By Basita Michael
In his Christmas day address to the nation, President Julius Maada Bio rightly noted that democracy’s “survival depends upon civic participation using legal means to engage with ways of improving society. As with every democracy, family, or even relationship, we are not required to have the exact same thoughts to succeed. Sometimes we will disagree, even bitterly. However, our engagement must be premised upon the same fundamental principles of democracy.” He continued that by noting that his government “is resolute in the belief that democracy is sacrosanct. We will engage with critique and affirm the constitutional right of citizens to express their thoughts or even displeasure with the Government. And we will, with the same firmness, defend democracy against all those who seek to undermine it.”
The President’s remarks are apt and commendable. In this vein, it is crucial as one thinks about 2022 to heed His Excellency’s advice and share my viewpoints in order to support and safeguard our democracy. In my humble opinion, 2022 was yet another opportunity missed. True, there was the rollout of the HPV vaccines for girls under 18; we were one of only four African countries to achieve 70% COVID-19 vaccination coverage; we enacted the Customary Land Rights and National Land Commission Acts which, among other things, grant all local communities the right to Free Prior Informed Consent (FPIC) overall industrial projects on their lands; Sierra Leone has passed 11 out of the 20 indicators on the Millennium Challenge Corporation, enacted the Gender Equality and Women’s Empowerment Act 2022; and the First Lady introduced the Draft Resolution to Declare November 18 the “World Day for the Prevention of and Healing from Child Sexual Exploitation, Abuse and Violence” at the UN General Assembly.
Yet even a little glimpse behind the well-orchestrated performances revealed that reality was vastly different. Much being peddled as historic ‘firsts’ were not but were instead simple wallpapering of the cracks underneath. Take the much-heralded Gender Equality and Women’s Empowerment Act 2022. It was a good first step, but it is NOT the panacea to all our problems. Whether we recognize it or not, after more than 20 years of work to ensure gender parity, we ended up with a much-watered-down Act. This legislation, frequently touted as a demonstration of the government’s commitment to gender equality, will change very little in reality. It may tick a donor box, appease some of them and encourage them to providemorefunding, but it will do very little to address the entrenched patriarchy and deeply ingrained structural and institutional discrimination that women still have to deal with. Like many of our laws, this will be more honoured in its breach than in its compliance.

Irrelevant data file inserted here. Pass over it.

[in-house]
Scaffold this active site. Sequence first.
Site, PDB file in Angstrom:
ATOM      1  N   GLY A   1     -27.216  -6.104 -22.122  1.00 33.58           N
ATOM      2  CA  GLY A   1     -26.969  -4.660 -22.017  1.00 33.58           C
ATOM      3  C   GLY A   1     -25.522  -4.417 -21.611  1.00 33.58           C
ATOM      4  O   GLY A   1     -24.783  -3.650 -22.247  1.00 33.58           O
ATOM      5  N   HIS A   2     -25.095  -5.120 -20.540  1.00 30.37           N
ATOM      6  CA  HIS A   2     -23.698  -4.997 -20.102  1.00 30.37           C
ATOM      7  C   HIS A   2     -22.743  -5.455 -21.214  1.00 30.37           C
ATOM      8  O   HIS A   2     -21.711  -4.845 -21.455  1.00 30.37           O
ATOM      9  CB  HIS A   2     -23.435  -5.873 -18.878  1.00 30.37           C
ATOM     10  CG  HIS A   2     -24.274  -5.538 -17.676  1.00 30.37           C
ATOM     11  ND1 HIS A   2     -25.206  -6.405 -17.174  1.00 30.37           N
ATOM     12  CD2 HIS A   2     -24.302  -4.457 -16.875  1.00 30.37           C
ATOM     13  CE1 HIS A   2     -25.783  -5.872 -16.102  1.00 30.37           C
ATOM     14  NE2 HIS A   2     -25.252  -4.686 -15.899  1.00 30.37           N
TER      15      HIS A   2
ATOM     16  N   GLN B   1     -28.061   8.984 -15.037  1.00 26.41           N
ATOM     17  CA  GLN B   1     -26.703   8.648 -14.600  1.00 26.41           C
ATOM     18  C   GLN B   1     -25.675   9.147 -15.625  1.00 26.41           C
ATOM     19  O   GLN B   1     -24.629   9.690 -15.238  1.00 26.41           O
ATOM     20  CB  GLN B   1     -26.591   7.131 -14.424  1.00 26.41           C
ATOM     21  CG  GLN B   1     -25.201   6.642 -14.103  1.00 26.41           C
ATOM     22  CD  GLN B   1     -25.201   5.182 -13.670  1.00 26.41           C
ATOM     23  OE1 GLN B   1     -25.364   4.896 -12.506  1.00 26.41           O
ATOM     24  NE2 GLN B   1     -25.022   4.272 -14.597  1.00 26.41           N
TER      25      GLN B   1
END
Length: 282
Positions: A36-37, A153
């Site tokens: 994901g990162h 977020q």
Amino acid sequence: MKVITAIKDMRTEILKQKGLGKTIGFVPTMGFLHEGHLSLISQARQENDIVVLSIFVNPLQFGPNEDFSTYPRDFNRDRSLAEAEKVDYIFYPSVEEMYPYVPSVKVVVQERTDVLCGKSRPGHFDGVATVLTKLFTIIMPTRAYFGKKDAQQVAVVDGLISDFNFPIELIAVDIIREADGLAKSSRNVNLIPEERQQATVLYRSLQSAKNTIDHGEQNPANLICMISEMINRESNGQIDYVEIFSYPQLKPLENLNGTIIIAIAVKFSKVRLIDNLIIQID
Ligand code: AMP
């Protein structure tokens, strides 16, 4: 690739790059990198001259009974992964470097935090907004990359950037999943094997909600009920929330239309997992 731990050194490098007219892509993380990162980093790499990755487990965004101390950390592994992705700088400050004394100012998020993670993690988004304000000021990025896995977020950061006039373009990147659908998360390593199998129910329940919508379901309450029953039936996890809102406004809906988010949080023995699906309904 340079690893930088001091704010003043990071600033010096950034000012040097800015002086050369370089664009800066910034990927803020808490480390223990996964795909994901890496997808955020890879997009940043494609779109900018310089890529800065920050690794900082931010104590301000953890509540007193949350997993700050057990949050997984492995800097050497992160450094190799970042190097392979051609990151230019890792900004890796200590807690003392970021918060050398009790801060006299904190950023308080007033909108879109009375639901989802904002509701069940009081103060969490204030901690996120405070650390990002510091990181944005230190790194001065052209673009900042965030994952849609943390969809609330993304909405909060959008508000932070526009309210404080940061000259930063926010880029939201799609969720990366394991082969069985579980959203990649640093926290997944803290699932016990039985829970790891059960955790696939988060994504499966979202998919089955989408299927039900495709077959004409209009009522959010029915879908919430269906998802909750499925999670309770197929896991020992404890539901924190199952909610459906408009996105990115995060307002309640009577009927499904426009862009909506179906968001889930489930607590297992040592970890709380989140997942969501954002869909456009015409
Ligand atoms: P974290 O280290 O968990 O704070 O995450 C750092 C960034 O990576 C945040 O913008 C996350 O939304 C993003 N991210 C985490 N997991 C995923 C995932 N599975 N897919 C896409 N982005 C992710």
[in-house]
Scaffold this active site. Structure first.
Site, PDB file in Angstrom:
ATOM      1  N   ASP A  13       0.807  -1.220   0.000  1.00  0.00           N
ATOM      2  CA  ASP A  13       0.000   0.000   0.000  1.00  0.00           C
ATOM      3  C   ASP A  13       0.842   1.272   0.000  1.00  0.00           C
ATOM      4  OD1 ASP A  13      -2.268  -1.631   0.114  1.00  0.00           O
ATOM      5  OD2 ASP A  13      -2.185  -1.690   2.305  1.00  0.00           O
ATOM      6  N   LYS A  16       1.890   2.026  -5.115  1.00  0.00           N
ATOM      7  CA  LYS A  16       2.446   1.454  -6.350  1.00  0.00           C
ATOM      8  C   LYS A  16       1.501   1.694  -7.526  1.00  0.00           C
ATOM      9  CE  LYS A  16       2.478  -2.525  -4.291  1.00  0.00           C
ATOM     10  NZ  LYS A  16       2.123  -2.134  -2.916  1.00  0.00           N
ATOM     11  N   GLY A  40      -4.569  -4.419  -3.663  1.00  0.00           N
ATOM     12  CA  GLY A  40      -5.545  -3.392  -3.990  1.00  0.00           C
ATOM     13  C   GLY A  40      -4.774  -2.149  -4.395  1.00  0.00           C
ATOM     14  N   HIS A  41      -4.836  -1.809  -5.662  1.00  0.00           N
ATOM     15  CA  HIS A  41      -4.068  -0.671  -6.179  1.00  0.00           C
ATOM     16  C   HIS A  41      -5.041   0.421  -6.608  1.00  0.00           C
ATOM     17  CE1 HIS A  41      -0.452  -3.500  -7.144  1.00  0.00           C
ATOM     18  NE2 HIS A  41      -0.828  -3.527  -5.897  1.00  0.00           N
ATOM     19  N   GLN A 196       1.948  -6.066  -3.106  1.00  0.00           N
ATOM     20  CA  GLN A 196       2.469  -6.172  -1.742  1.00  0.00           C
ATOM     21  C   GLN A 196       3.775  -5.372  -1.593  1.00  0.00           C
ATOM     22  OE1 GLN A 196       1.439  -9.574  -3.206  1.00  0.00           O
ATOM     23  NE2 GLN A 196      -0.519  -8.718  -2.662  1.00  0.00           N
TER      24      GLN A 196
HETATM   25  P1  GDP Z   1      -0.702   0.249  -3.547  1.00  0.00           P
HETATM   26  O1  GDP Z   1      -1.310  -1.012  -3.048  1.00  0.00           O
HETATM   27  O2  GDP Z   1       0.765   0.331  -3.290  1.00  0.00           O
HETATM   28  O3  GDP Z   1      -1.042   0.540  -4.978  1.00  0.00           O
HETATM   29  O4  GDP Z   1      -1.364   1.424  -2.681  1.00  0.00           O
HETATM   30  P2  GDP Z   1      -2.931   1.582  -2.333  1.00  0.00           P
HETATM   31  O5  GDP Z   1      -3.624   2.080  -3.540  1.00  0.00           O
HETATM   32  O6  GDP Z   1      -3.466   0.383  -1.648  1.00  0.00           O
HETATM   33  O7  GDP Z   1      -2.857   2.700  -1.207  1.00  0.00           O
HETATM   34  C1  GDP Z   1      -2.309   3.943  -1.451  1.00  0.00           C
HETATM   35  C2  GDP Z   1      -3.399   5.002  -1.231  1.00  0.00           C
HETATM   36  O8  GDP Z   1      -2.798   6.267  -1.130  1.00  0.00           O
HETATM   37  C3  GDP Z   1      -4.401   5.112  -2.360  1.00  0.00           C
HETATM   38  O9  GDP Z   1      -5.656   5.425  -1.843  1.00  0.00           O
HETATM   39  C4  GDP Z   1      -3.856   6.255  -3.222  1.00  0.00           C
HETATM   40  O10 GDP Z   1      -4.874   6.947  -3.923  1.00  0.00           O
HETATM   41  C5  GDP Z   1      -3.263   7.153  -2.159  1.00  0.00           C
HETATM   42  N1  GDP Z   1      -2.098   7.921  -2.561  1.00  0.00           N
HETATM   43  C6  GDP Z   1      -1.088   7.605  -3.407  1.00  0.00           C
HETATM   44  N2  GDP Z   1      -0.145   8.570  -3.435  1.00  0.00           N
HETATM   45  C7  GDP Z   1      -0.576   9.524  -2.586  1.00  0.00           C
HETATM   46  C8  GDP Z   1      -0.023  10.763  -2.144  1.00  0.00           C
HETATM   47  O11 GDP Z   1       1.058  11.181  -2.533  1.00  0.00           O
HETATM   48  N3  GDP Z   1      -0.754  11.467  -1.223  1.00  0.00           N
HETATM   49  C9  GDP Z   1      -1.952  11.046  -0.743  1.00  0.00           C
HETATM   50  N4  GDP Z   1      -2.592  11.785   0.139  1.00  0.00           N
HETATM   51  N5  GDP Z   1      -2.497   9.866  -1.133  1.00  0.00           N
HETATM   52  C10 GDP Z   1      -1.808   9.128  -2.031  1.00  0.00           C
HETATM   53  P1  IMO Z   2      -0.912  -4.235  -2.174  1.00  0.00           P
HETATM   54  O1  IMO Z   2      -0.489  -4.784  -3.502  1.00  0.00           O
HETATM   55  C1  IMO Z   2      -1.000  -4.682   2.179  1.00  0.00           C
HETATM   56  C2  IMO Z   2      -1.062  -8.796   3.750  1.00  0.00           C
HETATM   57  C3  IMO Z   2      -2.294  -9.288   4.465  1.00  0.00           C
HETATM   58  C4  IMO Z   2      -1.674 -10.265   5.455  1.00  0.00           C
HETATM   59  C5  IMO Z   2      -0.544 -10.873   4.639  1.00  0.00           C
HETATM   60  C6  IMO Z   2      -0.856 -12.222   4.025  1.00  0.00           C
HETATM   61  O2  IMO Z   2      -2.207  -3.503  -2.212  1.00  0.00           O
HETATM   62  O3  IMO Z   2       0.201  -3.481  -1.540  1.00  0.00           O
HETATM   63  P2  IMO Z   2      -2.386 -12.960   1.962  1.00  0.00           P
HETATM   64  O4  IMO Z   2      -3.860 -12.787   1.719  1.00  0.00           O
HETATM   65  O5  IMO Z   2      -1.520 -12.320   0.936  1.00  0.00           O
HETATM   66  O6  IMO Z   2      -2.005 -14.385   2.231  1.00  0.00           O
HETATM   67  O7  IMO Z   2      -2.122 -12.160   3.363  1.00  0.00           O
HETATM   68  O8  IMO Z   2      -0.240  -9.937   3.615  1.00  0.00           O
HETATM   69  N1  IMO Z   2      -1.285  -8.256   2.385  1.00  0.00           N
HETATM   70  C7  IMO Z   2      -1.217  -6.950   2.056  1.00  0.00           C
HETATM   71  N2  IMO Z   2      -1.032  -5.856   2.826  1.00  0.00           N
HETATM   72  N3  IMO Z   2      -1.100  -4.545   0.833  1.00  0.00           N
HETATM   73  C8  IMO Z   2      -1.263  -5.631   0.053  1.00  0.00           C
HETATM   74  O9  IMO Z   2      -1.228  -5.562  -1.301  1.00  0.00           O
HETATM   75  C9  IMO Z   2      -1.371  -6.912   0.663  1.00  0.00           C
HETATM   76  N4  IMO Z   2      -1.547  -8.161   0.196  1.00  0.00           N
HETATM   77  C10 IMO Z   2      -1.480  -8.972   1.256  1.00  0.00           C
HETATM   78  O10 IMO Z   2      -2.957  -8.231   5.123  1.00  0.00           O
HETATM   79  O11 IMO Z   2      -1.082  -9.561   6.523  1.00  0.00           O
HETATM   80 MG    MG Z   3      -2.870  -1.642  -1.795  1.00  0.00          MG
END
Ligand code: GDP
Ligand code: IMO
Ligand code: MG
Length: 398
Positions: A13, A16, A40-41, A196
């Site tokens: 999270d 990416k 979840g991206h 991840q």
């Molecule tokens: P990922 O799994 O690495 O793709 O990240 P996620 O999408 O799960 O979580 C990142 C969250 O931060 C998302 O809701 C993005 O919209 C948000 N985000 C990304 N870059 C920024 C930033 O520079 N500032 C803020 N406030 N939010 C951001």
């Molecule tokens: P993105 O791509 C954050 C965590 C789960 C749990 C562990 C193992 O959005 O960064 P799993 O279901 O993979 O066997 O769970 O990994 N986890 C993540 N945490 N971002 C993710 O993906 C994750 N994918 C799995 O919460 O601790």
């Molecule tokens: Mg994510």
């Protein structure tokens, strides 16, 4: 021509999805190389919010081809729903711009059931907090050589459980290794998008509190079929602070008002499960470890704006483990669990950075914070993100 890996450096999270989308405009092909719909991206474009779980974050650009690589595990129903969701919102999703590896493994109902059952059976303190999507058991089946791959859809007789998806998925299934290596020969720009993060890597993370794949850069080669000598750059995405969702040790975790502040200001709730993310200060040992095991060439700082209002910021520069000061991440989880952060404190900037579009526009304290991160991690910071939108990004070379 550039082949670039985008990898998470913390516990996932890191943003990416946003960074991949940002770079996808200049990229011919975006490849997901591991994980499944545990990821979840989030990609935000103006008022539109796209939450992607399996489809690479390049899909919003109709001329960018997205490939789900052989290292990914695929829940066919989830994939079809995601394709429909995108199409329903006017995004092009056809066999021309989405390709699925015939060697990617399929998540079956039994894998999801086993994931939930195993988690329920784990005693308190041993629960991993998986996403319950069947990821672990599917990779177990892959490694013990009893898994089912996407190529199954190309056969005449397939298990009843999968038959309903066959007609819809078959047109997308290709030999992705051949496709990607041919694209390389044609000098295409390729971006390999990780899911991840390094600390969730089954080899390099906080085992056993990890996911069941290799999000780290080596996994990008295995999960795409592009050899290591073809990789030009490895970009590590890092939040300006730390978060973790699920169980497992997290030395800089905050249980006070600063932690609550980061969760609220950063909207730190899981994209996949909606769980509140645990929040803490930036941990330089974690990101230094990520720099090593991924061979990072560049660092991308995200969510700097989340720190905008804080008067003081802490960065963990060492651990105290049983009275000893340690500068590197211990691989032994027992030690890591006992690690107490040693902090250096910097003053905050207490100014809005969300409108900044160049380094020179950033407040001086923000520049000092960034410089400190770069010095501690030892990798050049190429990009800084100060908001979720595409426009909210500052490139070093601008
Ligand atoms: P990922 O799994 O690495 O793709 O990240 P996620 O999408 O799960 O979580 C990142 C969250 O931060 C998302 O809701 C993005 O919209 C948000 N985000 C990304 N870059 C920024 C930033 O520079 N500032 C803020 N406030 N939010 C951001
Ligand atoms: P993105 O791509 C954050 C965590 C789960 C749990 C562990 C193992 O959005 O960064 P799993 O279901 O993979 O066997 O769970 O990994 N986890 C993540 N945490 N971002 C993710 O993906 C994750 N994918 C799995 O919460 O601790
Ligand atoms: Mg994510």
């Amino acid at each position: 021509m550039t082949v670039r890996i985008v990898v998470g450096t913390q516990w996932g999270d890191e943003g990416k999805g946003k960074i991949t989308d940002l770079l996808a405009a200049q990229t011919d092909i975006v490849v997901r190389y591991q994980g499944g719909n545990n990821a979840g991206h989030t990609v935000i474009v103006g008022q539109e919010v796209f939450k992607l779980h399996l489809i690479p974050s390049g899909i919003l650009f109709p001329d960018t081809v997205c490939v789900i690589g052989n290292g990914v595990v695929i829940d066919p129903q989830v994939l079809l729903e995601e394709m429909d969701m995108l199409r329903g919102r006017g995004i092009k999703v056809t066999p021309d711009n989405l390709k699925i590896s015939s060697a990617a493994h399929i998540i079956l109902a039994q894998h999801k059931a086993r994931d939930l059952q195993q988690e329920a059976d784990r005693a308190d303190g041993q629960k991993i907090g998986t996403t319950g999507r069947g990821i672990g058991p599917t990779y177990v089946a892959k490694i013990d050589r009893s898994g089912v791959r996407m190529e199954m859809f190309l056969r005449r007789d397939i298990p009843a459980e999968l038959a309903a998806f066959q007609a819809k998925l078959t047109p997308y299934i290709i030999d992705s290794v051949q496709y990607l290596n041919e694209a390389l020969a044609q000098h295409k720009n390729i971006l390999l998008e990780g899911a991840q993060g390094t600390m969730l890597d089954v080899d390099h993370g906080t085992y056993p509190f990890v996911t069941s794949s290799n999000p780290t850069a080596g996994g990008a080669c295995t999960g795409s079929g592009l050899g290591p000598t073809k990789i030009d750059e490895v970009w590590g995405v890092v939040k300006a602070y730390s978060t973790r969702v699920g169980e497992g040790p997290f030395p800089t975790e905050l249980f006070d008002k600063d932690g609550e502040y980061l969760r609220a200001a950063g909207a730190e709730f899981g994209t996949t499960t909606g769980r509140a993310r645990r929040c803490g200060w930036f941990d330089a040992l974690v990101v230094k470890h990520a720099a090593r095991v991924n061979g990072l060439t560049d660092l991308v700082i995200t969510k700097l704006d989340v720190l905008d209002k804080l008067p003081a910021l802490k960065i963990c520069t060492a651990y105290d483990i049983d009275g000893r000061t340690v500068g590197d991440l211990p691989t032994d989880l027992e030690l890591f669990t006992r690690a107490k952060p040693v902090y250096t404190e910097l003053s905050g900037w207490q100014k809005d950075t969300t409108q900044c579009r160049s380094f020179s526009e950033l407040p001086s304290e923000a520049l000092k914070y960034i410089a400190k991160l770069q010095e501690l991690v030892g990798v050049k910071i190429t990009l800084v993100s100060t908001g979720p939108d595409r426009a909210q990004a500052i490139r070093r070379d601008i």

2022 will mostly be remembered as the year that was rife with scandals – Dominion University fake Ph.D. scandal; persistent fuel shortages and fluctuations in prices; the redenomination and depreciation of the leone; the escalation of the kush epidemic; a mid-term census result mired in controversy, a questionable voter registration, and proportional representation electoral system that was forced down our throats,arbitrary arrests and detention of some opposition members by the Police, the August 10 killings, the overwhelming sense of grief on how loved ones were buried and the recent ‘murder’ of Mabinty for which no one has been charged. Civic spaces continued to close.
Corruption remains pervasive and unchecked, poverty and hardship profound, rising unemployment, injustice, divisions and uncertainty reigned. Amidst all this, a weak and fractured opposition lacked the courage of their conviction to stand with the people and instead focused on drafting a private member’s Bill entitled the ‘Parliamentary Welfare Act 2022, which sought to improve their welfare and not that of their constituents. As the Executive consolidated and zealously guarded power, the international community danced its usual diplomatic dance, and the poor people of Sierra Leone were told ‘nor to hype.’